In California, trustees are fiduciaries in wills, trusts and occasional other legal instruments. Because the trustee holds assets that are passed from one generation to another, trustees and the beneficiaries of the trust instruments are likely targets of cybercriminal enterprises. Because trust administration promises a fiduciary duty, the trustee could end up being legally responsible for the loss of trust assets or data.
The challenge to a responsible trust administration is to keep cybercrimes to a virtual standstill. Trust data has a tendency to be shared among family members and to be used across various platforms and in various transmission protocols. Whenever that kind of sharing occurs, the risk for theft is enhanced. There is always the risk that a family member with important or sensitive data may be tricked and taken over by a social engineering scam.
The target may accidentally fall prey to a download of software that the criminals can use to track the person's movements. The magnitude of the problem pertaining to hijacked personal information is shown by the recent scandal involving Cambridge Analytica and Facebook. This plot to seize files containing the personal data and financial activities of millions of individuals was stymied to some extent by late action to fight the impending nefarious outcome. Persons involved in trust administration or other appropriate security positions got mobilized but the success of their efforts remains to be seen.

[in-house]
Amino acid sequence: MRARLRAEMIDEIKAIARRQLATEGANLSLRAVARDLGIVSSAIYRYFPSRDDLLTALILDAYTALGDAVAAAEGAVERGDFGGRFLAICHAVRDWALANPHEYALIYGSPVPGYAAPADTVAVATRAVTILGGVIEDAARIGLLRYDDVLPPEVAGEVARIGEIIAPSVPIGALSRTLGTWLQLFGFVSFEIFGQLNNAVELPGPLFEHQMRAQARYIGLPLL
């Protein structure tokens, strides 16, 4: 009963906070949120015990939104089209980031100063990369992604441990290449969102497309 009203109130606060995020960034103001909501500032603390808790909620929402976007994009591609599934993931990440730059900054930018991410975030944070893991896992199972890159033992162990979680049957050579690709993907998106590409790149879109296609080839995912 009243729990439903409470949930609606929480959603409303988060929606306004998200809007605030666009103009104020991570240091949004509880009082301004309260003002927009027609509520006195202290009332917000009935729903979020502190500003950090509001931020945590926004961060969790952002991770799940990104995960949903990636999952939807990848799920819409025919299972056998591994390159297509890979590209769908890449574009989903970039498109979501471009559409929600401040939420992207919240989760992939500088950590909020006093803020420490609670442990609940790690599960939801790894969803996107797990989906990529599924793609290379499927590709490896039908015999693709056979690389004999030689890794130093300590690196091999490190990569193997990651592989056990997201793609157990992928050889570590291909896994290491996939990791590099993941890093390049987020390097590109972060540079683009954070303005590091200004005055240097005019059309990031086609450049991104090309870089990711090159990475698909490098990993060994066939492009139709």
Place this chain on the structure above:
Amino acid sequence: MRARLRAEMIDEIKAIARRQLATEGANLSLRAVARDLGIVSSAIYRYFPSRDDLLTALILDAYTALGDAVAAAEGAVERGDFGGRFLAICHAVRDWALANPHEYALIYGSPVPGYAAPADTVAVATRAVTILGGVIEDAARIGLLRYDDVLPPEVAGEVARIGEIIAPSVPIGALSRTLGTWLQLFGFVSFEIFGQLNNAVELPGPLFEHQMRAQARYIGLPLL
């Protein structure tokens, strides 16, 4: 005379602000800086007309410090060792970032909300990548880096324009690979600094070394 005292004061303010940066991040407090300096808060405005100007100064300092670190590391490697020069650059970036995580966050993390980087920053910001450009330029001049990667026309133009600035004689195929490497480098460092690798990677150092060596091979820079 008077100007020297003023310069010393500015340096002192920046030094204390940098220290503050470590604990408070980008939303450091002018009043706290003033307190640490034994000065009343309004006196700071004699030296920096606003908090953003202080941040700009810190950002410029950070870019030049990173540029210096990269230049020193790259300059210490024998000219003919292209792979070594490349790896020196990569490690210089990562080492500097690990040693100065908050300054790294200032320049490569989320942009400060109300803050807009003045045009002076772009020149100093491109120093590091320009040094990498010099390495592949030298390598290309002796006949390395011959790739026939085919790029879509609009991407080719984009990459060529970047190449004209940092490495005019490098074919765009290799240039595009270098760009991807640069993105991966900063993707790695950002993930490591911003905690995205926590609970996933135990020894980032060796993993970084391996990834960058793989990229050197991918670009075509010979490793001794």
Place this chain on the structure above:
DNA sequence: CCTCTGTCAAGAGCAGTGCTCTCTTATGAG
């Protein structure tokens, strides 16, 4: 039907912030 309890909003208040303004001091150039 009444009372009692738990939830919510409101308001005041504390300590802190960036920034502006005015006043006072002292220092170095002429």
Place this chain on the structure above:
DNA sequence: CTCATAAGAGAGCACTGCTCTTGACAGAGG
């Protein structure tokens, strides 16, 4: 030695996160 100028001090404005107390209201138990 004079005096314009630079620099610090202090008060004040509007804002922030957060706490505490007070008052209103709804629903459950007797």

There are steps for trustees and owners of wealth to take to avoid disasters so potentially ominous that they could consume their careers and reputations. The background of all advisers, family members and third parties must be thoroughly vetted. Special analysis must be given to the ages of those receiving the data, their technological bent, and the extent of accessibility they require. The quality and effectiveness of all physical and cybersecurity measures in place must be evaluated and made competitive and state-of-the-art. In California and other states, insurance products are being devised and offered that will assist trustees and others to reduce their exposure.
Source: wealthmanagement.com, "Trustees and Cyber Liability", Judith L. Pearson, Jody R. Westby, May 16, 2018